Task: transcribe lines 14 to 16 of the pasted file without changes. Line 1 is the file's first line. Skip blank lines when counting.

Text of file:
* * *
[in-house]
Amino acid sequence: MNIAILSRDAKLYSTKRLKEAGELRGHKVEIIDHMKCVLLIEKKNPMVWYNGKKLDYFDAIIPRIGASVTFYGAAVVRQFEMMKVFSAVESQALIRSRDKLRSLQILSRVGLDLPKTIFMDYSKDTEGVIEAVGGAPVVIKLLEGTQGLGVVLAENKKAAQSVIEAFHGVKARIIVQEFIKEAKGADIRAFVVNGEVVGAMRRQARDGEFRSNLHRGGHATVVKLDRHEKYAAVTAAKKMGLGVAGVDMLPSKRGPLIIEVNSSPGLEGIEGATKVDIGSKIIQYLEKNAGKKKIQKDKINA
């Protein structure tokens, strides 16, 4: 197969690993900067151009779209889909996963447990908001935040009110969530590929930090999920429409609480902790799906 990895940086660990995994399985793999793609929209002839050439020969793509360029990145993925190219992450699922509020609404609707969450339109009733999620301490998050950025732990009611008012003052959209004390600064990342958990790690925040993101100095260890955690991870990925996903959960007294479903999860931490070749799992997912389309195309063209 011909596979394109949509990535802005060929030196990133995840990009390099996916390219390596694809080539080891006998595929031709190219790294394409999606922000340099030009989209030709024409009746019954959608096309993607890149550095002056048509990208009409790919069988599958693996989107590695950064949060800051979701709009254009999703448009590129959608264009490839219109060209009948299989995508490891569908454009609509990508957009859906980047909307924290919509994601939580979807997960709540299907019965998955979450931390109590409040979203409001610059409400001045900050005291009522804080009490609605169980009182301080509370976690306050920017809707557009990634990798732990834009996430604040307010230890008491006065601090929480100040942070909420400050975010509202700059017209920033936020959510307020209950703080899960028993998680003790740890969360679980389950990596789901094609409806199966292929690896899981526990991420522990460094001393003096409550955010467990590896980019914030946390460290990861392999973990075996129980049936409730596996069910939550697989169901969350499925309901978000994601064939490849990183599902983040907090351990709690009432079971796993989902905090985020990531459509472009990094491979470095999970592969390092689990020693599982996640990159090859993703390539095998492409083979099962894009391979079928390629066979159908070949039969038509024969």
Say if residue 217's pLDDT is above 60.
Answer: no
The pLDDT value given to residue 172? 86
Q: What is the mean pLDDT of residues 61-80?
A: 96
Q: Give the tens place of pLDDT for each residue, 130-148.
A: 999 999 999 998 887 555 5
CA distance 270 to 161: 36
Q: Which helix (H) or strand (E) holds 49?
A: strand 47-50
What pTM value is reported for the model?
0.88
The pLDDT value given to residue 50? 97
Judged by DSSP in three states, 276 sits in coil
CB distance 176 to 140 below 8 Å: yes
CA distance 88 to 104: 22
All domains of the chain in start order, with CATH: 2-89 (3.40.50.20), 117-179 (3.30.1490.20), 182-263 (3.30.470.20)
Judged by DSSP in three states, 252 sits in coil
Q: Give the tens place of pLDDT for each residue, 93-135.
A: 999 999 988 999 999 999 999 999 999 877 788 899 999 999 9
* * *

What pTM value is reported for the model?
0.88
The pLDDT value given to residue 50? 97